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Thursday, 19 October 2017


I know diddly-squat about Siberian Oystercatcher but I've never seen an ostycatcher like this individual that Richard Stonier came across yesterday on Porthloo Beach. 

  Mid-morning and I was looking at the possible Siberian Oystercatcher feeding with some 35 Oystercatcher. It was on the shore at low tide but even at a distance it could easily be picked out from the others with it's brown upperparts in contrast with it's dark head. I had never heard of a Siberian Oystercatcher before a possible turned up on Shetland a few weeks ago. I guess the Scilly individual will stick around for a bit. There were also 2 Mediterranean Gull on the beach.

The possible sibe was always distant in the driving rain

  The rain was still falling when I picked up Tim Vaughn to go and have a look at the putative WILSON'S SNIPE that's been at Porth Hellick for nine days that I ain't seen yet. I arrived at the Sussex hide some five minutes after Tim and as I approached the hide door, I could hear Whooper Swan! I rushed into the hide to see 3 Whooper Swan touch down in front of the hide. Other birders were in the hide already and told me that they had got a Jack Snipe on the far side. One of them told me 'It's in the scope if you want to have a look!' My reply was 'Wouldn't it be a good idea if you let it free out of the scope!?' I had good scope views of the Jack Snipe and then I made my ways to the seaward hide to find Tim and Dick Filby who put me on the Wilson's Snipe that was showing well at close range. In the first ten minutes of observing it, I heard it, it showed off it's under and upperwing before hiding away into the reeds.
  I got a call from Martin Goodey telling me that the Corncrake that was found yesterday in fields at Carn Legh was showing well in the open. Then Higgo called to tell me that he had just heard a probable Dusky Warbler at Shooters Pool, Lower Moors. Everyone piled into me wagon and ten minutes later we were watching the crake in a grass field where it was showing very well feeding out in the open for a good twenty minutes that I was there. The last time I observed a Corncrake out in the open was back in 1994, just around the corner at Old Town Church. That individual was at very close range for the large admiring crowd! Today there were just over ten birders looking at the Carn Legh crake!

  It was still raining when I returned to Porth Hellick and in the east corner of the beach at High tide was the long staying American Golden Plover and the Water Pipit that was found yesterday. Also a Swallow flew through.

Looking very good for Wilson's Snipe!

Below are four images to compare features of both the putative Wilson's Snipe, one and three images with a Common Snipe, two and four images.

Common Snipe showing off it's tail

This was part of the family of 5 Whooper Swan that were at Watermill this morning. After twenty minutes of checking out Porth Hellick, they flew off and later all five swans were together again seen at Watermill. 

Corncrake at Carn Legh

I ain't seen me American Golden Plover in two weeks that it has been on Porth Hellick beach until today where it was feeding along side a Water Pipit.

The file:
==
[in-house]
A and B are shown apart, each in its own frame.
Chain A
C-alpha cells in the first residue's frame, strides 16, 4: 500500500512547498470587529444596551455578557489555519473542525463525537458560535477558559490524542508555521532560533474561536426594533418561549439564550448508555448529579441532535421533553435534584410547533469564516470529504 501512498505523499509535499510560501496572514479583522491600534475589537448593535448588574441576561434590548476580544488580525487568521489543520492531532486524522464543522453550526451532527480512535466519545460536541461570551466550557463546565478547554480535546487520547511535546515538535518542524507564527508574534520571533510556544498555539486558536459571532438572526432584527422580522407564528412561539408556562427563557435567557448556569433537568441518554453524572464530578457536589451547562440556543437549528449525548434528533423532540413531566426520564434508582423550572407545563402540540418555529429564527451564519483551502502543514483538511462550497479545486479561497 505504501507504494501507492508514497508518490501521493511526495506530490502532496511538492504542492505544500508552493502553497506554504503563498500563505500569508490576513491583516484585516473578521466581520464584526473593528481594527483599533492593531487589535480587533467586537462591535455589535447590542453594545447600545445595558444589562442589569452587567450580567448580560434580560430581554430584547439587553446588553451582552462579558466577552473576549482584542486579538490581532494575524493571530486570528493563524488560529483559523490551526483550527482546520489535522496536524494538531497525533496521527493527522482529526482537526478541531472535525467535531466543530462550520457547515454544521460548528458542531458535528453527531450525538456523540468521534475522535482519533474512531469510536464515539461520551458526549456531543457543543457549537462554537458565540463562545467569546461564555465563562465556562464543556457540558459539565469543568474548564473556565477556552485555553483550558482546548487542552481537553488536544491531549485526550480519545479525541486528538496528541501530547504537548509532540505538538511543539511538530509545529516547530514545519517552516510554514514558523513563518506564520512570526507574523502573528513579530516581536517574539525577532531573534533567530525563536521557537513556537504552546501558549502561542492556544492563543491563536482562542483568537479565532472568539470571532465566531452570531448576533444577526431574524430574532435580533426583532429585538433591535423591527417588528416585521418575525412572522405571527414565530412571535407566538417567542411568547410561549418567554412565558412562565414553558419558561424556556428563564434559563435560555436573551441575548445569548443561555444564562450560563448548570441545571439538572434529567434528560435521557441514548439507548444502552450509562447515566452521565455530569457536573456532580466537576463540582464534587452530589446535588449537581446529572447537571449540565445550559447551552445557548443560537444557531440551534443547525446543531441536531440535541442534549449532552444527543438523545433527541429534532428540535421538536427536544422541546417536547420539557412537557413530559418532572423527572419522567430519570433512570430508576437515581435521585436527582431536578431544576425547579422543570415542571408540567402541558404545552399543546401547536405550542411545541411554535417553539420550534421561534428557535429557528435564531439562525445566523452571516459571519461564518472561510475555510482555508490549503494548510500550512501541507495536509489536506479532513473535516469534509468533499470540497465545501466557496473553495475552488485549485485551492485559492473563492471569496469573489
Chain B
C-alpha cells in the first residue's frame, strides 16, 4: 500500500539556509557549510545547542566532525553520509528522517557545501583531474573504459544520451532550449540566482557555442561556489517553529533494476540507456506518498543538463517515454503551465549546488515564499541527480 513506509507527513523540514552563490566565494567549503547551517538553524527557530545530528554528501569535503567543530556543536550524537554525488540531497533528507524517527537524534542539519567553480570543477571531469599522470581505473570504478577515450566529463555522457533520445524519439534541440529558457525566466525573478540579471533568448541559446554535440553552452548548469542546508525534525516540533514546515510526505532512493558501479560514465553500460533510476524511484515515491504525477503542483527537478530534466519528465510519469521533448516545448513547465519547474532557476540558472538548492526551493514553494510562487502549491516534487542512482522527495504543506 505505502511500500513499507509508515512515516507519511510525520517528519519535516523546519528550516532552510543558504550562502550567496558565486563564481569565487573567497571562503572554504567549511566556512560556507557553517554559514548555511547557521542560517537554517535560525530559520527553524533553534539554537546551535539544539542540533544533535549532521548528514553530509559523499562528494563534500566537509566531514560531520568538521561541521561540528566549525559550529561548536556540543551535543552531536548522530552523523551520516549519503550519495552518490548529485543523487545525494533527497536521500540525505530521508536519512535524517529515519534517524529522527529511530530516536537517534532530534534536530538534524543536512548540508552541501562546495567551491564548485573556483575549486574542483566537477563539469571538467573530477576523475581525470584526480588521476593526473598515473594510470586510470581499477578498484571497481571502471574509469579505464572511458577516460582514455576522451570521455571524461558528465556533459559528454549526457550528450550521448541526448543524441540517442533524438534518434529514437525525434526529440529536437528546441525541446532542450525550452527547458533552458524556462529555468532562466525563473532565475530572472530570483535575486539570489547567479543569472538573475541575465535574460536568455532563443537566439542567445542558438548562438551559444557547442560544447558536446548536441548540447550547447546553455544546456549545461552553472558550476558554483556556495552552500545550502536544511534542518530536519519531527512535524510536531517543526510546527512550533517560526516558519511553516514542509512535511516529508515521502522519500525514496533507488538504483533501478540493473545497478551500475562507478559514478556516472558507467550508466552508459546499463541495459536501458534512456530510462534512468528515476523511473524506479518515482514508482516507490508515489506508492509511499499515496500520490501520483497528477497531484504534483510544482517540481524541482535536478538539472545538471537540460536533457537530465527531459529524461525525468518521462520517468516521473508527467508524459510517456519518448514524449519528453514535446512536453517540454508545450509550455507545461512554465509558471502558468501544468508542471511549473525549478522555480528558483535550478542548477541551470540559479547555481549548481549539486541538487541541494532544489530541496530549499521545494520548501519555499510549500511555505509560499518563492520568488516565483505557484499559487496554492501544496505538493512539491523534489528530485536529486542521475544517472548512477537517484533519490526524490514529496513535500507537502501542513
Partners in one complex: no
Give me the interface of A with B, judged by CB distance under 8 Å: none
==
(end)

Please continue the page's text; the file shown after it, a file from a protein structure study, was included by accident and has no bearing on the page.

I worked for the first two hours in this morning, then the planes stopped flying. It was not until gone 17.00 that two planes came into land in the gale force SW.

   Yesterday afternoon while the sun was shinning I went to kick the Salkee Fields and had over 40 Siskin and a Crimson Speckled Moth! I had to return to work and gave directions of where the moth was in the field to Will Scott as he wanted to twitch it. He got it along with 2 Vestal Moth.

Even though this is a very rare moth in the UK, including this one, 3 Crimson Speckled Moth were found in the last two days on Scilly! This was my forth for Scilly.

 Male and female Siskin with over 40 Siskin at Salkee

A single Wheatear and 2 Whimbrel were at Giants Castle

Current Swell’s roots lie on the west coast of Canada in Victoria, British Columbia, on Vancouver Island. The band’s members consist of Scott Stanton, Dave Lang, Louis Sadava and Chris Petersen.[2] Originally a group of friends hanging out and making music, the band began performing in backyards and on beaches, and has gained popularity through the likes of its online presence and dedicated Internet fan base. The band has been noted for its authenticity and for remaining true to its upbeat folk roots.
Current Swell sold out the very first show they played as a band. The band had released a short, five song ep on the internet that teenagers enrolled in a high school up island got a hold of. The band had booked a show at a local coffee shop in hopes of playing in front of two, or three people but ended up playing in front of a packed audience.
The band credits much of their success to their fans, particularly the online community. Their song Young and Able (2009) became an Internet hit through its popularization on YouTube. The Internet has contributed significantly to the Canadian west coast band's large following in South America, particularly Brazil, where it headlined in Rio de Janeiro and São Paulo in 2012.
Current Swell has opened for bands like The Beach BoysXavier RuddDispatchBedouin Soundclash and The Beautiful Girls, and has made appearances at the 2010 Winter Olympics and the Ottawa Blues Festival.[3]

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